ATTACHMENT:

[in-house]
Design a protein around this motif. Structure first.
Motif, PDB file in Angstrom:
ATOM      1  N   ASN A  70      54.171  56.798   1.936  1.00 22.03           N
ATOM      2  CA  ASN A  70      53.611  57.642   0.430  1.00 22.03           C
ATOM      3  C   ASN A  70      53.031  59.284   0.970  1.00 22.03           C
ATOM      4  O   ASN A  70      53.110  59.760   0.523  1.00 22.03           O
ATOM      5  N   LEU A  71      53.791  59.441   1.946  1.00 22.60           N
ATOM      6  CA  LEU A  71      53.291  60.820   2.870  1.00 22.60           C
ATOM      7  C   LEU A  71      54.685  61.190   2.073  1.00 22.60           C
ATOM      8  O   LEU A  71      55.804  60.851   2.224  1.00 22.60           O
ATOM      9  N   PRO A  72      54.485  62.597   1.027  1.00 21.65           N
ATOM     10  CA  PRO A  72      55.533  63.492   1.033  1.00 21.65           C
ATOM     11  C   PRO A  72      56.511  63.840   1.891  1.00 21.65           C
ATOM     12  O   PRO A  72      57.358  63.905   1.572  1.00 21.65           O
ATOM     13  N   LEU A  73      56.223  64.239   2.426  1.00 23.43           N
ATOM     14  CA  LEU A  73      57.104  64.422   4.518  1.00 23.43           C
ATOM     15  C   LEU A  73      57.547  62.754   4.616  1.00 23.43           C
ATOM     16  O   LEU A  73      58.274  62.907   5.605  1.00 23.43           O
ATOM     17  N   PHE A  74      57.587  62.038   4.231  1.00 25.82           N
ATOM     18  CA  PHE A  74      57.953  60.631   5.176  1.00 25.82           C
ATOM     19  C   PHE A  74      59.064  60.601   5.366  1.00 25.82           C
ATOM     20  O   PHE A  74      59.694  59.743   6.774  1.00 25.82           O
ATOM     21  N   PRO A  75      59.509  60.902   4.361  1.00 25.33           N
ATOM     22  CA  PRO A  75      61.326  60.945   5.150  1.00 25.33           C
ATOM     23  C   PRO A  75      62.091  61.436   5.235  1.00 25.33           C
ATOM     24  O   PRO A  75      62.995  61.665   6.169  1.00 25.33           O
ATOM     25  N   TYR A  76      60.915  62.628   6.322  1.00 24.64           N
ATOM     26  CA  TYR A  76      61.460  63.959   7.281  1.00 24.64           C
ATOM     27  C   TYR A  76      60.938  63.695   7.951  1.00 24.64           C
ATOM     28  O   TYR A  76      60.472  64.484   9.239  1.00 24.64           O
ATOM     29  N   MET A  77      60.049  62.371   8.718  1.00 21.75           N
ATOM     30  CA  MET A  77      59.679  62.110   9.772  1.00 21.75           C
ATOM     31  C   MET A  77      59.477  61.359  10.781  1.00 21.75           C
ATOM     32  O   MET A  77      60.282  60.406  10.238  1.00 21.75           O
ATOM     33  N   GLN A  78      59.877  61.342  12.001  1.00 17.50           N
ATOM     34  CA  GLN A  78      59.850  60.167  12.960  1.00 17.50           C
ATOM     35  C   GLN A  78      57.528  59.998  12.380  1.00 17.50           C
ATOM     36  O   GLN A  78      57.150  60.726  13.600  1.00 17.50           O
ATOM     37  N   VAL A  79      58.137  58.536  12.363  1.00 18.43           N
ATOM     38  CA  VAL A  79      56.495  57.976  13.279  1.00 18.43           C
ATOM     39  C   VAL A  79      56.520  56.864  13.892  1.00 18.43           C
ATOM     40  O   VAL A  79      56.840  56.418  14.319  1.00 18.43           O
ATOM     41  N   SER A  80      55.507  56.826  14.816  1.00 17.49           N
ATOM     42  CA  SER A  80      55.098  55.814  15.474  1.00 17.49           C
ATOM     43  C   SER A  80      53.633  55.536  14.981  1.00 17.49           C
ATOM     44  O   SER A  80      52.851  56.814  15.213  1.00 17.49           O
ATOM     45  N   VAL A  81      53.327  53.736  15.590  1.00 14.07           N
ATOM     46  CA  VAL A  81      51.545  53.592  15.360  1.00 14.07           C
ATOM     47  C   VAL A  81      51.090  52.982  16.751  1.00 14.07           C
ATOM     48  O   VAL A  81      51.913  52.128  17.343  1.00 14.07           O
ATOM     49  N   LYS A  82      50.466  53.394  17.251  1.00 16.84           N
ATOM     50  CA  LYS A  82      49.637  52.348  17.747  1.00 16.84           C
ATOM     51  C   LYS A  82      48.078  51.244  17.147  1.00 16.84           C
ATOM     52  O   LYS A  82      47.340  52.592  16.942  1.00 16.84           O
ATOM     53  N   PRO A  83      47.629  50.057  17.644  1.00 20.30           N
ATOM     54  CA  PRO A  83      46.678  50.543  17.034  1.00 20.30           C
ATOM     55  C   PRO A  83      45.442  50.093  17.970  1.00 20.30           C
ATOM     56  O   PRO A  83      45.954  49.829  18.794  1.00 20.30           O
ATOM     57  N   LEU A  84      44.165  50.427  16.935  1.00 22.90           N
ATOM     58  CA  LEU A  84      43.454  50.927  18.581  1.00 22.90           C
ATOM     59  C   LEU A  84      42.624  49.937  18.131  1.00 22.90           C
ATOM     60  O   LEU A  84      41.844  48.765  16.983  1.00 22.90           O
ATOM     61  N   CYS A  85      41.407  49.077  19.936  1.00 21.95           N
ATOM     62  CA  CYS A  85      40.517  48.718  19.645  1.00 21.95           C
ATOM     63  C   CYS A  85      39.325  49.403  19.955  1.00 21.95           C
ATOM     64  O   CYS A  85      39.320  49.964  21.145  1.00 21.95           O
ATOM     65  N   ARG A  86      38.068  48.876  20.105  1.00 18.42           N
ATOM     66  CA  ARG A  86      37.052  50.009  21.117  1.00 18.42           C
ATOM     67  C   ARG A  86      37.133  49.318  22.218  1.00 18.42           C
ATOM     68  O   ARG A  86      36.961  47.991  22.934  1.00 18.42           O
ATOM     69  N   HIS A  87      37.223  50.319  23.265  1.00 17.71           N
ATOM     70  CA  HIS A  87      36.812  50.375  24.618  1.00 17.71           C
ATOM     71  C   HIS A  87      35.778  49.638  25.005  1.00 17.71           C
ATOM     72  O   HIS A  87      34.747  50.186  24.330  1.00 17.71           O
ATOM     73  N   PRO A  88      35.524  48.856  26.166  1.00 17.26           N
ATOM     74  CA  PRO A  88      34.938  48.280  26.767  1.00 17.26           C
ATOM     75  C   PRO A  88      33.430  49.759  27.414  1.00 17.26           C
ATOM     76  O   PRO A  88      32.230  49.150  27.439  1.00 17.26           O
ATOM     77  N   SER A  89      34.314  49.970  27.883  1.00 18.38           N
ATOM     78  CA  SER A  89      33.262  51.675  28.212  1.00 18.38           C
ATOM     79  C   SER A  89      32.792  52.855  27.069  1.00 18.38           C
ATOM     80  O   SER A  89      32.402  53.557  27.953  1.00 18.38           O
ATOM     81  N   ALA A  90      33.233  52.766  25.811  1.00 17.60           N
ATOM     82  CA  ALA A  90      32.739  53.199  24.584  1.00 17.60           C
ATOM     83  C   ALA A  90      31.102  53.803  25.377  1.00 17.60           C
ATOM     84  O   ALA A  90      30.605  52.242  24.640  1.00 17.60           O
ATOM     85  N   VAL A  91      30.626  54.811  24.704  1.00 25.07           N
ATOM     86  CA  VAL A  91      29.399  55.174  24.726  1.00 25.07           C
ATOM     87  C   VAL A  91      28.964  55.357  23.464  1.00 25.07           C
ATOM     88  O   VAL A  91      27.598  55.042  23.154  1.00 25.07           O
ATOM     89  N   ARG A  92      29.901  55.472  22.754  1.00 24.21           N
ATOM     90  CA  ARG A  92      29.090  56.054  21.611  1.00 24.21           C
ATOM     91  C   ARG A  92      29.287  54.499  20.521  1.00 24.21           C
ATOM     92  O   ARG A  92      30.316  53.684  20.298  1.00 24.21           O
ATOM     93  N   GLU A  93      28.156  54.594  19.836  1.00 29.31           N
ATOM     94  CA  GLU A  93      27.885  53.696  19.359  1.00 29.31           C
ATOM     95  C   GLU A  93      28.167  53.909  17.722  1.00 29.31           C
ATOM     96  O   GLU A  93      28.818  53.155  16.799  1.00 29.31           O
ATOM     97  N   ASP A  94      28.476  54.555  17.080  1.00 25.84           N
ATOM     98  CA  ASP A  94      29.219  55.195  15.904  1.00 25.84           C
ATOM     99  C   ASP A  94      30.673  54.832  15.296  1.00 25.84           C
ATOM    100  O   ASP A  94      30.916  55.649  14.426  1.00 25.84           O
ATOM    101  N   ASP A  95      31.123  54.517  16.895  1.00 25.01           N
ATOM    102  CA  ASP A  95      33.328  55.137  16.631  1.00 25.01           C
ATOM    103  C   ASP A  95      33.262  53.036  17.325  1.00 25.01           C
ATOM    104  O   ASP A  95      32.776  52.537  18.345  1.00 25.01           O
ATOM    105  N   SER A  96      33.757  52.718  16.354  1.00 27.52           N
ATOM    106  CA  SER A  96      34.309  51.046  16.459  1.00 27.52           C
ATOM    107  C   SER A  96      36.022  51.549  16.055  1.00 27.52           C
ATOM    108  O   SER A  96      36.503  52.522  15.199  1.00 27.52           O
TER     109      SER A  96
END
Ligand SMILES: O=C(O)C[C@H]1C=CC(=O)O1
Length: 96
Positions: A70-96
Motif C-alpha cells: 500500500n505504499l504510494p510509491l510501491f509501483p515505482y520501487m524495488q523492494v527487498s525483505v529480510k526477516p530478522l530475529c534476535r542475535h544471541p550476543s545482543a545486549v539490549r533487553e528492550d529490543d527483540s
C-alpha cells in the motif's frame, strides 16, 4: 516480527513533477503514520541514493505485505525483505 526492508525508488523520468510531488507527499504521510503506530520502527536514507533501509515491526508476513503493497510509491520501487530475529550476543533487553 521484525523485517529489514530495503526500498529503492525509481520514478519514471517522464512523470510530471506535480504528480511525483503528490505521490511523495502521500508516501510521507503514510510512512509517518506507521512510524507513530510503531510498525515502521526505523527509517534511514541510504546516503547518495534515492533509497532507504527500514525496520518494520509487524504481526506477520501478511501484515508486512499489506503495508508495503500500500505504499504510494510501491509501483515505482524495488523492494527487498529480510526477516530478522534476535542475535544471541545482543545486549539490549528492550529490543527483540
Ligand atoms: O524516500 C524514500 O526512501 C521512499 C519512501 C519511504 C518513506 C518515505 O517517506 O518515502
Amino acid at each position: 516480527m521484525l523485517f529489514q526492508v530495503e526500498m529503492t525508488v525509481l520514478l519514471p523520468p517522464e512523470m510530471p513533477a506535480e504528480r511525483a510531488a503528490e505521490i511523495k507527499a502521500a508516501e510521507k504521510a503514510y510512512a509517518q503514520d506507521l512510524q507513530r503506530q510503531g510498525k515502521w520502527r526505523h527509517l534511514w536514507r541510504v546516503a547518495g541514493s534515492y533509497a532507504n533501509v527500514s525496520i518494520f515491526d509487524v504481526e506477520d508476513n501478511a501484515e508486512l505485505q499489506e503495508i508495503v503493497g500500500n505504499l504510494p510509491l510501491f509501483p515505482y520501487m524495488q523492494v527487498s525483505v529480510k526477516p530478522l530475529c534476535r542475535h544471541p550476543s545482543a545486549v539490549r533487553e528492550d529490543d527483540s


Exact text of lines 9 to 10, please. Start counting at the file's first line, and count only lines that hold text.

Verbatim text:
ATOM      6  CA  LEU A  71      53.291  60.820   2.870  1.00 22.60           C
ATOM      7  C   LEU A  71      54.685  61.190   2.073  1.00 22.60           C